Antisemitic graffiti denying Holocaust found at Auschwitz

Vandalism ‘an outrageous attack on symbol of one of greatest tragedies in human history’

Andy Gregory
Tuesday 05 October 2021 23:42 BST
A view showing the entrance gates to Auschwitz with the words ‘Arbeit Macht Frei'
A view showing the entrance gates to Auschwitz with the words ‘Arbeit Macht Frei' (Scott Barbour/Getty Images)

Antisemitic graffiti and slogans denying the Holocaust have been found at Auschwitz.

Signs of vandalism were discovered in nine barracks at the former Nazi death camp on Tuesday, the organisation which runs the site said.

The graffiti was found at the Auschwitz II-Birkenau site, which is the largest of the 40 camps that made up the complex and was where some 90 per cent of the victims of the Second World War concentration camp died – numbering approximately a million people, most of them Jews.

Staff at the memorial and museum said in a statement that the offence “is above all, an outrageous attack on the symbol of one of the greatest tragedies in human history and an extremely painful blow to the memory of all the victims of the German Nazi Auschwitz-Birkenau camp”.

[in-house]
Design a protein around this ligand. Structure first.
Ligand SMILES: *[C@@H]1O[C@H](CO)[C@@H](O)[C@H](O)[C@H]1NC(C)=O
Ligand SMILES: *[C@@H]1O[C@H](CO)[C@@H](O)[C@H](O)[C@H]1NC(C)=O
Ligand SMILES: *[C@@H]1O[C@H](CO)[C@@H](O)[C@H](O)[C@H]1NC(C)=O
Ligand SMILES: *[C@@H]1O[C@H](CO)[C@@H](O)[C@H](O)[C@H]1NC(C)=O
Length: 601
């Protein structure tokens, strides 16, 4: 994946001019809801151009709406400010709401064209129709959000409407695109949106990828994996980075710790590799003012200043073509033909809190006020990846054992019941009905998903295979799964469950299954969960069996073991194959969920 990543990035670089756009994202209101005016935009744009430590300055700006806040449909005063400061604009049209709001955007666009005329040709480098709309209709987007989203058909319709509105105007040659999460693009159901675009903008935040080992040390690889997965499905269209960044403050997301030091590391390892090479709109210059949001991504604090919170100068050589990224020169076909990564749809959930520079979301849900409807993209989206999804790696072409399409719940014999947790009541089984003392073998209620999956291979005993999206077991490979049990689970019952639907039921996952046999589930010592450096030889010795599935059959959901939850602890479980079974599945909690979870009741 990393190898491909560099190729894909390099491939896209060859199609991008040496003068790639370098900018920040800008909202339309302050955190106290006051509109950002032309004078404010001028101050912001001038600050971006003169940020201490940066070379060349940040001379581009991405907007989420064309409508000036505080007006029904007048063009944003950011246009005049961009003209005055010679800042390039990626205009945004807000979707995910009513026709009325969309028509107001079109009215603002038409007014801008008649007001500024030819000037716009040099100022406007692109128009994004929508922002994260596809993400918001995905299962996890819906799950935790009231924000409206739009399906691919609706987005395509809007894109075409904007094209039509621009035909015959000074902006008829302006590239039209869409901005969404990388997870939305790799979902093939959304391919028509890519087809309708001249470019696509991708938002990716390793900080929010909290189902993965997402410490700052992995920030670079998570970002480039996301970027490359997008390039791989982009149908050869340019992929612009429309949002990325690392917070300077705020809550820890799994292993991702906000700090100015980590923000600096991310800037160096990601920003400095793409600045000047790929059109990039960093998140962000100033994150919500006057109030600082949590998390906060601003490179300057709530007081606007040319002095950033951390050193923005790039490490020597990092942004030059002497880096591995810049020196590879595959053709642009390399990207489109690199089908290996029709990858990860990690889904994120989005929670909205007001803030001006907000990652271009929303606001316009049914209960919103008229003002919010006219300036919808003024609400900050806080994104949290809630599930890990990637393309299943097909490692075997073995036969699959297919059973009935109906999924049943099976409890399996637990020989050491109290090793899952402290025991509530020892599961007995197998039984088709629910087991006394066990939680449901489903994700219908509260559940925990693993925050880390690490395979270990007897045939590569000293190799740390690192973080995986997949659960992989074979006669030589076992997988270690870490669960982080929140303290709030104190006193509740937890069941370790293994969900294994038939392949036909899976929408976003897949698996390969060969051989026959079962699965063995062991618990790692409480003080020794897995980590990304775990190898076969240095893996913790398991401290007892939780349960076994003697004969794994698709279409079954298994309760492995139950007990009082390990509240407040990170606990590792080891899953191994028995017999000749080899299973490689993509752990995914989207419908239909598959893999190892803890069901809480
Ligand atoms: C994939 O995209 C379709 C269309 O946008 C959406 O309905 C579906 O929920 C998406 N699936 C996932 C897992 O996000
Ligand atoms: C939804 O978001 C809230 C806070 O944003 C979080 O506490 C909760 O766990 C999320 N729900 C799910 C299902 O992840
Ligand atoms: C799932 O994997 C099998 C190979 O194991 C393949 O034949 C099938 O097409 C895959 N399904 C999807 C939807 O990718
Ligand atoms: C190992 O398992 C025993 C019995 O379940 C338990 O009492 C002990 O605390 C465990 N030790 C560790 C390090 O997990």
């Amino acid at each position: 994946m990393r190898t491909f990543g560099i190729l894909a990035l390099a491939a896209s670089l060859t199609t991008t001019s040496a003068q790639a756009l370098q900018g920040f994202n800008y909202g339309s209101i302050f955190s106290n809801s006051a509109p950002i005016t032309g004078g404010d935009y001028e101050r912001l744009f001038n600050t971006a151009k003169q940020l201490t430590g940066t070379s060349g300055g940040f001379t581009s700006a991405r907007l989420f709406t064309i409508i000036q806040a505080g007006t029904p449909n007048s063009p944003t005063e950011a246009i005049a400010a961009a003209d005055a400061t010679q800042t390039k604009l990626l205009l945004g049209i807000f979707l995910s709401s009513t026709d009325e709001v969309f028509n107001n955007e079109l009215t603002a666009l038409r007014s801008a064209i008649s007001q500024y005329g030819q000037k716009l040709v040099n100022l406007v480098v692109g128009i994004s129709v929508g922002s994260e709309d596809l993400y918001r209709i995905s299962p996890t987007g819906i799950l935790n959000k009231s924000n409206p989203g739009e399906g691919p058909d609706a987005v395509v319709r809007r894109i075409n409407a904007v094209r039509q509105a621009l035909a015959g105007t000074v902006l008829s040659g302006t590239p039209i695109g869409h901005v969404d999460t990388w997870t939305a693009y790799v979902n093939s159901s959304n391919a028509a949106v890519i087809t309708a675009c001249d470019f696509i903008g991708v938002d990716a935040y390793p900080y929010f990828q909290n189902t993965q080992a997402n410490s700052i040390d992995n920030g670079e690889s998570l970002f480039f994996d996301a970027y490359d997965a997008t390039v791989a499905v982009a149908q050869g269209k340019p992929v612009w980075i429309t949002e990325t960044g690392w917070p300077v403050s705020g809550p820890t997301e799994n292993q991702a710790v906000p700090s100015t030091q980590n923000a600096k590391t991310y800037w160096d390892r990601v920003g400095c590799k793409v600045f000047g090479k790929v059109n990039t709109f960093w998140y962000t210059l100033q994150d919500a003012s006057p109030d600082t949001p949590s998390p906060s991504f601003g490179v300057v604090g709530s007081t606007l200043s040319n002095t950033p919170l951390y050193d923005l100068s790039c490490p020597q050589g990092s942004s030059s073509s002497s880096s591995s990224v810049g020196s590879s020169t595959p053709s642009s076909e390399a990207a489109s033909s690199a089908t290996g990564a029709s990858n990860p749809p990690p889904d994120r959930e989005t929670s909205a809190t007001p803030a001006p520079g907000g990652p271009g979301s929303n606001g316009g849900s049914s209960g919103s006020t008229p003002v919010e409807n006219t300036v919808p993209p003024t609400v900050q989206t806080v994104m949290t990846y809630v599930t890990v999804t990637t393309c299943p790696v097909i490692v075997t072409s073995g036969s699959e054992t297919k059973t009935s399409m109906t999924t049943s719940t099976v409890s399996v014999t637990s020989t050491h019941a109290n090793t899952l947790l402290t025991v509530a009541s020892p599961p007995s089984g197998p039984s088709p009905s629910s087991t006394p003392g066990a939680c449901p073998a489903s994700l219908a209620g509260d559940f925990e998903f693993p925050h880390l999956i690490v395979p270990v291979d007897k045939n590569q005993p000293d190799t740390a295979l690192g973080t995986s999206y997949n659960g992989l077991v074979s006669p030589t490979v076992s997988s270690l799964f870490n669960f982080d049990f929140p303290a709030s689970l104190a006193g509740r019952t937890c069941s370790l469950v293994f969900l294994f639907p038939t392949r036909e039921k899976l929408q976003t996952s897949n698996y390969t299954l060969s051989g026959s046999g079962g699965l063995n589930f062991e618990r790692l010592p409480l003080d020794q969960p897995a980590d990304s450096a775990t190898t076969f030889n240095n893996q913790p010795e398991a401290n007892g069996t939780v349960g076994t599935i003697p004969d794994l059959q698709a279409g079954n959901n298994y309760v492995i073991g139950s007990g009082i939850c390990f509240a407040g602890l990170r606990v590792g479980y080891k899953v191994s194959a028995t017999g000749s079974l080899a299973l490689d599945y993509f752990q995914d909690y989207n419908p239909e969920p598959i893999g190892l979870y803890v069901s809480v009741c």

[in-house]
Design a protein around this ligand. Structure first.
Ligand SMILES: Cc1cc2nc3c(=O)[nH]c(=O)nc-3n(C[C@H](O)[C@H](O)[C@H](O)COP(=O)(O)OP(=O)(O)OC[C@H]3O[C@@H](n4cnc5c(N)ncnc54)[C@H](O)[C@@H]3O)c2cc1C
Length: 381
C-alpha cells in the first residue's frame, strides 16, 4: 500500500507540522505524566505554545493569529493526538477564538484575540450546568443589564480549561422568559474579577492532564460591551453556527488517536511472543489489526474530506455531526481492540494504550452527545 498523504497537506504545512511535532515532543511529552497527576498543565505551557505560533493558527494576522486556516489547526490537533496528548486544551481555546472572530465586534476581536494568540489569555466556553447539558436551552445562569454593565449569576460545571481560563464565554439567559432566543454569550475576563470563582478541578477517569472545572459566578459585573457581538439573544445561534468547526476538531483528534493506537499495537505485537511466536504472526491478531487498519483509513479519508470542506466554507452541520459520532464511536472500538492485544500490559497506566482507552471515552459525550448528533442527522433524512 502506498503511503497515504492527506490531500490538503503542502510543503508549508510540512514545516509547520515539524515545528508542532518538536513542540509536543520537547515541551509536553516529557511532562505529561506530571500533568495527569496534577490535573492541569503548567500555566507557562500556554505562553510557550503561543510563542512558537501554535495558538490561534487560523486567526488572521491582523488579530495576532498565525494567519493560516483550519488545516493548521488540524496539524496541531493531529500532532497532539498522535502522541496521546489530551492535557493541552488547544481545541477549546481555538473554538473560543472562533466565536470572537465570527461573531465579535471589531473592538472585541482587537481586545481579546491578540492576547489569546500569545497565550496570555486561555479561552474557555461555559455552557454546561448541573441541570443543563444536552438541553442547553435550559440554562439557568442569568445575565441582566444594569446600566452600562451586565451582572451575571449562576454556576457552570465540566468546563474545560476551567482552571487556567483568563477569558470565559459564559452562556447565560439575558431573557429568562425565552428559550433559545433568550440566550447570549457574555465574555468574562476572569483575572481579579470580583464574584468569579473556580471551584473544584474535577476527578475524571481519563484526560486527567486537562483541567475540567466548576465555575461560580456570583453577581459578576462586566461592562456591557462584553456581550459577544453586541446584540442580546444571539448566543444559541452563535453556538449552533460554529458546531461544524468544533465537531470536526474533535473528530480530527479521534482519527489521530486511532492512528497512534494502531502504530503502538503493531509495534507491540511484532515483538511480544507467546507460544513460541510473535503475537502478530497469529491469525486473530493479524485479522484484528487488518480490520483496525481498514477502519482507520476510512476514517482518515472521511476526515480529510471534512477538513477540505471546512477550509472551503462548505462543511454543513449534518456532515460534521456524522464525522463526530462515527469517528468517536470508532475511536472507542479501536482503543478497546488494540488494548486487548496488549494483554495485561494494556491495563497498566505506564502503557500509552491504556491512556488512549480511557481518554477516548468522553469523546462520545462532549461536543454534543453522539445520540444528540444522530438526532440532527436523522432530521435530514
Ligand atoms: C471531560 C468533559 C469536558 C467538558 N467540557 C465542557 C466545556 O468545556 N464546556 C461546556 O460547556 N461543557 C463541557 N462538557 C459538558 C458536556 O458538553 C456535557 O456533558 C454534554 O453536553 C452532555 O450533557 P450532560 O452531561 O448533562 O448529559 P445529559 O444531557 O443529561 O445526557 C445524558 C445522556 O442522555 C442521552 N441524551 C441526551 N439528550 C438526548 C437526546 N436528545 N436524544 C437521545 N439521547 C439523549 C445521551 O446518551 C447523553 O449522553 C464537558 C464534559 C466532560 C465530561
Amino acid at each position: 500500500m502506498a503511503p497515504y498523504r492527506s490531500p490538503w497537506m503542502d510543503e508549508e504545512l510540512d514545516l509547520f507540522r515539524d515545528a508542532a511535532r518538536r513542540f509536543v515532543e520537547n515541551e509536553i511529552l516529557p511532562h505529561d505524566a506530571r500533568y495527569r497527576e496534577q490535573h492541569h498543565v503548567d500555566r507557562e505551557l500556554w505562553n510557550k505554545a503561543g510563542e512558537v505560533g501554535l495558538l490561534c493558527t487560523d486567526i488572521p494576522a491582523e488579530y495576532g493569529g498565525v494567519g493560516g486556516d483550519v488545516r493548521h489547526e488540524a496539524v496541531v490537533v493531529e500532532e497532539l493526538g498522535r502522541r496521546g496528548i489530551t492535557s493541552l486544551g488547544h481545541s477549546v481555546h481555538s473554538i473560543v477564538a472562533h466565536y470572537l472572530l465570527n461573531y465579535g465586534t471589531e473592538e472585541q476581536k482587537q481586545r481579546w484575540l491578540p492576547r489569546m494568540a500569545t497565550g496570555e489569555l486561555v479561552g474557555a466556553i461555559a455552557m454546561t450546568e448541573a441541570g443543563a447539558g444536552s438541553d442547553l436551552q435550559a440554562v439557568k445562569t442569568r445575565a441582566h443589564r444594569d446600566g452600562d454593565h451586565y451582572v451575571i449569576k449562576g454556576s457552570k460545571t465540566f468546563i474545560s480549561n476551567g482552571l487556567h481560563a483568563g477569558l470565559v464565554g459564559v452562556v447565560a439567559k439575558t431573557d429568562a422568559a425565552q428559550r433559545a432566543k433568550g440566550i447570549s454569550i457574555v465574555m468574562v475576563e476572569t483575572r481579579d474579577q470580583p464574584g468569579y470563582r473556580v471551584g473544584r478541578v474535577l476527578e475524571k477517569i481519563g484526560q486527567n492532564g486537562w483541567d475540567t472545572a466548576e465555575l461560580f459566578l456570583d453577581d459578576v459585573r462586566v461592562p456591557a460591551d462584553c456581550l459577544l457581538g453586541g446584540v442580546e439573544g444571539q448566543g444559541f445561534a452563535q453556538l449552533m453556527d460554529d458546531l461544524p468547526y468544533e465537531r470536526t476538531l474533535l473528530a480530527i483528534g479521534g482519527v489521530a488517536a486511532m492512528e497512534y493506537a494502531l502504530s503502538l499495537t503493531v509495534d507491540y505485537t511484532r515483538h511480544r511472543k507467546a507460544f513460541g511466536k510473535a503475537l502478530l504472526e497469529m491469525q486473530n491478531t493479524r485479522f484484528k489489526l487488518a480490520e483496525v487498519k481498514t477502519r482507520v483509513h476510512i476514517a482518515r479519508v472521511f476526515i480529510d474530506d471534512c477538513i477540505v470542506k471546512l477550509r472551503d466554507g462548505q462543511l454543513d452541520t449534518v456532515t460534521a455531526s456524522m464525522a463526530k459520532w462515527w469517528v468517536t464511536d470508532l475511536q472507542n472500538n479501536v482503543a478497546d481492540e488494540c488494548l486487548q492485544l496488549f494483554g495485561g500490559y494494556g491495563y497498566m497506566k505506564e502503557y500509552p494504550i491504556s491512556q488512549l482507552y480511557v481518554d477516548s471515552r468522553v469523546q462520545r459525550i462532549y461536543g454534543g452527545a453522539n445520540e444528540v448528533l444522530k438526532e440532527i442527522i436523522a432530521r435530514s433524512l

Police are said to be investigating the vandalism and are analysing all available video surveillance material.

The conservators of the memorial will begin removing the vandalism “as soon as the police have compiled all the necessary documentation”, the statement said.

The spray-painted graffiti included statements in English and German, some of which were antisemitic. Two references to the Old Testament, often used by antisemites, and denial slogans drew “special attention”, the organisation said.

It added that the security measures at the site are constantly being expanded but that the organisation’s budget had suffered greatly during the coronavirus pandemic.

Securing the Birkenau site by fully enclosing it will not be possible for some time until the ownership of land between the historic camp fence and a new ring-road passes to the museum, it said.

Jewish groups have warned of a worrying rise in antisemitism across Europe in recent years, with Pope Francis most recently cautioning that anti-Jewish racism is “still lurking” on the continent following a meeting with Hungary’s Viktor Orban, who has himself been accused of stoking such sentiment for electoral gain.

Much of this antisemitism “comes from traditional quarters of the far-right, and more recently from those protesting Covid-19 restrictions”, Human Rights Watch’s deputy director for Europe, Benjamin Ward suggested in May.

But he warned that some antisemites were also using “human rights abuses by the Israeli state against Palestinians as cover for hatred of Jews everywhere”.

Incidents of antisemitism in the UK rose 500 per cent during the heavy bout of conflict between Israel and Palestine earlier this year, according to the Community Service Trust monitoring group, with 116 incidents identified between 8 and 18 May.

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